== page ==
Won Buddhism

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Won Buddhism
Revised RomanizationWonbulgyo

Wŏn Buddhism (원불교, Wŏnbulgyo) is a form of modernized Buddhism. Won Buddhism can be regarded either as a syncretic new religious movement or as an offshoot of Korean Seon.[1]

Translations of the name[edit]

The name "Won Buddhism" comes from the Korean words 원/圓 won ("circle") and 불교/佛敎 bulgyo ("Buddhism"), literally meaning "Round Buddhism" or interpreted as "Consummate Buddhism." By "consummate," Won Buddhists mean that they incorporate several different schools of Buddhist thought into their doctrine; that is, where some schools focus only on practicing meditation (samādhi), some schools devote themselves fully to studying scriptures (prajñā), and still others practice only their school's precepts (śīla), Won Buddhism believes in incorporating all three into daily practice.


Pak Chungbin (박중빈 朴重彬, 1891–1943, aka Sot'aesan) attained bodhi in 1916. In 1924, he founded a new religious order with Buddhist teachings as its central doctrine, establishing the Society of the Study of the Buddhadharma at Iksan, North Jeolla Province. In 1947, Song Gyu (송규, 1900–1962), the second patriarch, renamed the order "Wŏn Buddhism."

Scriptures and writings[edit]

Pak's original doctrine was published as the Pulgyo chŏngjŏn (The Correct Canon of Buddhism) in 1943. It was later redacted and expanded to its current form in 1977, and today is included in the main doctrinal book Wŏnbulgyo chŏnsŏ.[2] Wŏnbulgyo chŏnsŏ includes Chŏngjŏn (The Principle Book of Won Buddhism), Taejonggyŏng (The Scripture of the Founding Master), and several other primary canonical sources.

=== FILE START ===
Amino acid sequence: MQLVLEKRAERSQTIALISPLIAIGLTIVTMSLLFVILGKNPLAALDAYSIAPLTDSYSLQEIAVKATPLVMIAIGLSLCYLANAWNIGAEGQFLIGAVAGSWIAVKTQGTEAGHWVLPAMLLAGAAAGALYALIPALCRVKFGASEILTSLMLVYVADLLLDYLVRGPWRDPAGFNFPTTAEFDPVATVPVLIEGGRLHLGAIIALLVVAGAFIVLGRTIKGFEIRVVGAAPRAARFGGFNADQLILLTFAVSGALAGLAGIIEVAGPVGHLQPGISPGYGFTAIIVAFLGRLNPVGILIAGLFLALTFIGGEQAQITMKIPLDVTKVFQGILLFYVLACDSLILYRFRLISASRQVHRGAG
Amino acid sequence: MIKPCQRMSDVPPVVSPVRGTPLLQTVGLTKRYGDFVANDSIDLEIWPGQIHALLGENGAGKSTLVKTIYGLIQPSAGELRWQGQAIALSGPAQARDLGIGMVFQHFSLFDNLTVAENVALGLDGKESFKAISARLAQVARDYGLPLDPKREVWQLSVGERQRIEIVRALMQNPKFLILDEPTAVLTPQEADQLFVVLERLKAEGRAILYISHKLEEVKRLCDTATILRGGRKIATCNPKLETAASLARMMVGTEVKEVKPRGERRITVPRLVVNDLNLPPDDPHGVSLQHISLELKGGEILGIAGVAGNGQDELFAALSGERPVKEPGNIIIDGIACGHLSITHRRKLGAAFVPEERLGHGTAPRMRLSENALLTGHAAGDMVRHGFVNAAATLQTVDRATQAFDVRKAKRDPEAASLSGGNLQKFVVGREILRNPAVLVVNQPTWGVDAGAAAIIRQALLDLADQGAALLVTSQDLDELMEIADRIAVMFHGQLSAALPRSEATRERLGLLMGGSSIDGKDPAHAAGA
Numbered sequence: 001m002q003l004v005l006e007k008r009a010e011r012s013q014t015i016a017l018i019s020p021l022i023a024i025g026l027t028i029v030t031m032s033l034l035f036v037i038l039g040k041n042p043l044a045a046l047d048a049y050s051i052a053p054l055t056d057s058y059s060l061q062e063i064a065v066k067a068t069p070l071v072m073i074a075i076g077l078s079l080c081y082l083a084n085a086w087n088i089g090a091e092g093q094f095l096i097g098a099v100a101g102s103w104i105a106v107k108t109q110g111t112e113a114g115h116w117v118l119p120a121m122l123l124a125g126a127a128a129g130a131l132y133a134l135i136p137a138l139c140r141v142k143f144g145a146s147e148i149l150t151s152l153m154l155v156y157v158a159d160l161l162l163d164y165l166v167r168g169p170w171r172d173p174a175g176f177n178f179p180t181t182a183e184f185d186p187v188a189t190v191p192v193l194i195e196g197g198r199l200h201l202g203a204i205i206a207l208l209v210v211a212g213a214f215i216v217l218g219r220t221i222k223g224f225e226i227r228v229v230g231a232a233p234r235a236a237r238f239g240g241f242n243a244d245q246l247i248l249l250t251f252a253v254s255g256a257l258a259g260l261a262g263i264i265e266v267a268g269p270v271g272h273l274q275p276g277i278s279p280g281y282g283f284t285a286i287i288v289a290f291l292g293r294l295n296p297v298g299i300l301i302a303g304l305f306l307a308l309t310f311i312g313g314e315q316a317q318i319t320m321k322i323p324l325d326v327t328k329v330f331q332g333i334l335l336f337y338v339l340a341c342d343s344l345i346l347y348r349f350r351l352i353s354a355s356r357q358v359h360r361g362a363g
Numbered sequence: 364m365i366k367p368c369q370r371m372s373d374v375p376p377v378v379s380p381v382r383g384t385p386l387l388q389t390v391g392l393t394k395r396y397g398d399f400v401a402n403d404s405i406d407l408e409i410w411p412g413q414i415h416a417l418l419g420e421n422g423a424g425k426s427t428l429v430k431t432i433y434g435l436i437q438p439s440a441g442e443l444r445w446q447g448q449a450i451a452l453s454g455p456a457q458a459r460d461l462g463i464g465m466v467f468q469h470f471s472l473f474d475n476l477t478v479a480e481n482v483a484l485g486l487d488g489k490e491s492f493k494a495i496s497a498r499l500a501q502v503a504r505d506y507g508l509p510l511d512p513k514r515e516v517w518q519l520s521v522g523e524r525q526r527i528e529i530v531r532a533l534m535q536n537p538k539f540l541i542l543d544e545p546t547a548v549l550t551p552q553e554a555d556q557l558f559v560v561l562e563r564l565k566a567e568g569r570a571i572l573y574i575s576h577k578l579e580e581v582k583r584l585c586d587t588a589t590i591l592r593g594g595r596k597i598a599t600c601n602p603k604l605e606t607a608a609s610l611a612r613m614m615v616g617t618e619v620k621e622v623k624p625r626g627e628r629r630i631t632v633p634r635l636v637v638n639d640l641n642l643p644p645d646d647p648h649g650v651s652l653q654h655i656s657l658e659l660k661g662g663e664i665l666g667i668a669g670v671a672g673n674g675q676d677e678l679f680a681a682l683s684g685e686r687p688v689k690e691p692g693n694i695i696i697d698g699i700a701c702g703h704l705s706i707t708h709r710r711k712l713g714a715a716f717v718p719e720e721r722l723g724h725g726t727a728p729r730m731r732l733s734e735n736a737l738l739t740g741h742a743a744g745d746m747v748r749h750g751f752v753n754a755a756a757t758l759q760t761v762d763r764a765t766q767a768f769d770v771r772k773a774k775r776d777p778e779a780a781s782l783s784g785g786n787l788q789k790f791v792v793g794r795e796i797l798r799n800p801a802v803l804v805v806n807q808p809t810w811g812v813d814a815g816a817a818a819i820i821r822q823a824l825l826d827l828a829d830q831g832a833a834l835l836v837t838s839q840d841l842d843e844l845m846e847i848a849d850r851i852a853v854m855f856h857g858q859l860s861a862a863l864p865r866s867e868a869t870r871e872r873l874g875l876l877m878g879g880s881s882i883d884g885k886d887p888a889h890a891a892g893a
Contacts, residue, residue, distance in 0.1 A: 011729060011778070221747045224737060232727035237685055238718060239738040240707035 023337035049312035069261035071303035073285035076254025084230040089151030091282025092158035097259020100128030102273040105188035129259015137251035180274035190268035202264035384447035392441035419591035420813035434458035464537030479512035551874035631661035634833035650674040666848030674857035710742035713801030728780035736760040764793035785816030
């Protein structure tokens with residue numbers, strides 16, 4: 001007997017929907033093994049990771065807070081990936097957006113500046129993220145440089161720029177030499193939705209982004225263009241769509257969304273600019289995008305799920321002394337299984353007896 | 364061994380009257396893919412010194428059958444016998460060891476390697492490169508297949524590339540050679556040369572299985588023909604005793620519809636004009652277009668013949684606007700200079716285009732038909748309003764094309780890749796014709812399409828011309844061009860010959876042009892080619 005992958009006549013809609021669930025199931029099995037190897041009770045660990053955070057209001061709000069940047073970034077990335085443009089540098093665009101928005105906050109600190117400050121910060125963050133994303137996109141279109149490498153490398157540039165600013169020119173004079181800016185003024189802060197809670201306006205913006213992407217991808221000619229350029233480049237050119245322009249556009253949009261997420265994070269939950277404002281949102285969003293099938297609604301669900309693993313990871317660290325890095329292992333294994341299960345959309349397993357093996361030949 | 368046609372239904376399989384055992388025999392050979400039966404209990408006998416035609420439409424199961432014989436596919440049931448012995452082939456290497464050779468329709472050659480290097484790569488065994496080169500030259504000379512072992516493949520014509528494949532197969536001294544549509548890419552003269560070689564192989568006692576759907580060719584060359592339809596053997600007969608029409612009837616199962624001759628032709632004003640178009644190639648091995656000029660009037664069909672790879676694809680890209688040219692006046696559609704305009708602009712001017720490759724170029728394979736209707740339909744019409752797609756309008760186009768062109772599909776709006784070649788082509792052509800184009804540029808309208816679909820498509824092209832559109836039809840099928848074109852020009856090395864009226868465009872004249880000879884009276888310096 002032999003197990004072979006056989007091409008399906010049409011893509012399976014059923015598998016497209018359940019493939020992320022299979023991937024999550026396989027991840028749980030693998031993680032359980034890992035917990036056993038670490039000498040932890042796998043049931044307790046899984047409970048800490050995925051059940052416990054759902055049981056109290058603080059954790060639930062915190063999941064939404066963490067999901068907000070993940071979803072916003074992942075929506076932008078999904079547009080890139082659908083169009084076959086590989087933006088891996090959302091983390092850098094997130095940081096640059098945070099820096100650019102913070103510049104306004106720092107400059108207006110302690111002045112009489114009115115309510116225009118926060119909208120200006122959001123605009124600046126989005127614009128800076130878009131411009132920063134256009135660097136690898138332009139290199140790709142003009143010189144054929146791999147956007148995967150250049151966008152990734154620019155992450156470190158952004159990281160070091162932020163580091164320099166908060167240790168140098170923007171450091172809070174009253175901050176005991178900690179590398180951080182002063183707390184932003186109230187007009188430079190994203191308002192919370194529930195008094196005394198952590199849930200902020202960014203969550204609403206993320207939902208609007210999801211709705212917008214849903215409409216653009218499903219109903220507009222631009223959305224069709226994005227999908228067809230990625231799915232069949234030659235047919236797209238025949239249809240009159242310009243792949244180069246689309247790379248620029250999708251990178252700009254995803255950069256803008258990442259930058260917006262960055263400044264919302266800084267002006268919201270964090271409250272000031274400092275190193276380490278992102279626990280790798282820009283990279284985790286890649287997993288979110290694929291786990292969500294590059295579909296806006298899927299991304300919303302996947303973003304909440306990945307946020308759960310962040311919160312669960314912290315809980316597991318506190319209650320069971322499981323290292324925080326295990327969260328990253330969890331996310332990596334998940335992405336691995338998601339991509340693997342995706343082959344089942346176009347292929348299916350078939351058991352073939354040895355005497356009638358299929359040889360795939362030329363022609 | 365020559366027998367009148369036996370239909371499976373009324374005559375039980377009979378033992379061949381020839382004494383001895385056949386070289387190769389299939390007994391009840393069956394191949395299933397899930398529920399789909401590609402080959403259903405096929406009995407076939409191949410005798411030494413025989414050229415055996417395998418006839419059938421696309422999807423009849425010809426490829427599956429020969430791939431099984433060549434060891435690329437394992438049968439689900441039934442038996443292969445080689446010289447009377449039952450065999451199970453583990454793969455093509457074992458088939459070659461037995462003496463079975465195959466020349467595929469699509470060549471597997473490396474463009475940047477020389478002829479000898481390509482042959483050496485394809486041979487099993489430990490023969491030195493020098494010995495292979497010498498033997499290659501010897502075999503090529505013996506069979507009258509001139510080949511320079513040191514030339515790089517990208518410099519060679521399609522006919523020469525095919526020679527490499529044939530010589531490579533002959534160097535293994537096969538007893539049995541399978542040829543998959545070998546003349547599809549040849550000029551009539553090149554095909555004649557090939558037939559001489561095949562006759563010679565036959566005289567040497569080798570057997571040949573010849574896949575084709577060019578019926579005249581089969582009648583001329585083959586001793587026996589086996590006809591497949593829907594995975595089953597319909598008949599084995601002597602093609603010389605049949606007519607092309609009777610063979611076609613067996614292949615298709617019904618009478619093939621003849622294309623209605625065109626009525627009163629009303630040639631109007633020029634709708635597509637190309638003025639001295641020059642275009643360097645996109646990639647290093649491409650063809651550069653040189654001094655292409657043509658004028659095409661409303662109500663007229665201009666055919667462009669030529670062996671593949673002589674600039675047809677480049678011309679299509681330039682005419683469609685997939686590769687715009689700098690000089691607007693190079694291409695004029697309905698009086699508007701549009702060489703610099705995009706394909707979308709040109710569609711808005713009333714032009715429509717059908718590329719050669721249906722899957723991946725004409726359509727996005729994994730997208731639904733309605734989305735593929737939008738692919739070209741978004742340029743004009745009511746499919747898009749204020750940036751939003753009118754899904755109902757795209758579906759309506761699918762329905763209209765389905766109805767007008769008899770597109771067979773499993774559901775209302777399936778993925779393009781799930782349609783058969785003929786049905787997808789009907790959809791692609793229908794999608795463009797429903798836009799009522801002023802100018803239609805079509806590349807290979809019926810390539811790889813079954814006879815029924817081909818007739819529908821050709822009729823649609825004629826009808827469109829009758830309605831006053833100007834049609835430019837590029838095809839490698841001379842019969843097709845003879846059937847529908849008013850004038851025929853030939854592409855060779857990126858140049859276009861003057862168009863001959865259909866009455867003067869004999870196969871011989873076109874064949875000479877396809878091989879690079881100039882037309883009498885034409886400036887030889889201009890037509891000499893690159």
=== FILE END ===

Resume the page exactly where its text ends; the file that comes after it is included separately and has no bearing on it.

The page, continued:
Connection to other Eastern philosophies[edit]

Won Buddhism can be considered an amalgamation of Confucianism, Daoism, and Buddhism.[3]


  1. ^ Michael Pye, "Won Buddhism as a Korean New Religion," Numen 49, no. 2 (2002): 113–141.
  2. ^ Wŏnbulgyo chŏnsŏ, (Iri: Wŏnbulgyo Ch'ulp'ansa, 2014). First published 1977.
  3. ^ Henrik Hjork Sorensen, Ole Bruun, and Arne Kalland, eds, Asian Perceptions of Nature (Nordic Institute of Asian Studies, 1992).

Further reading[edit]

  • Baker, Don. "Korea's Won Buddhism: is it really a new religion?", Paper presented at the CENSUR Center for Studies on New Religions International Conference. Danshui, Taiwan, 2011.
  • Chung, Bongkil. "Won Buddhism: A synthesis of the moral systems of Confucianism and Buddhism", Journal of Chinese philosophy 15 (1988): 425–448.
  • Chung, Bongkil. "Sot`aesan's Creation of Won Buddhism through the reformation of Korean Buddhism." In Makers of Modern Korean Buddhism, edited by Jin Y. Park, 61–90. Albany: SUNY Press, 2010.
  • McBride, Richard D. "Won Buddhism", in Religions of the World, edited by J Gordon Melton and Martin Baumann, 3121–3122. Santa Barbara: ABC-CLIO, 2010.
  • Park, Y. "Won Buddhism", in Encyclopedia of Buddhism, edited by Damien Keown and Charles Prebish, 834–835. London: Routledge, 2010.
  • The Doctrinal Books of Won-Buddhism (Wŏnbulgyo Kyosŏ), Translated by the Committee for the Authorized Translations of Won-Buddhist Scriptures (Iksan: Wonkwang Publishing, 2016).

External links[edit]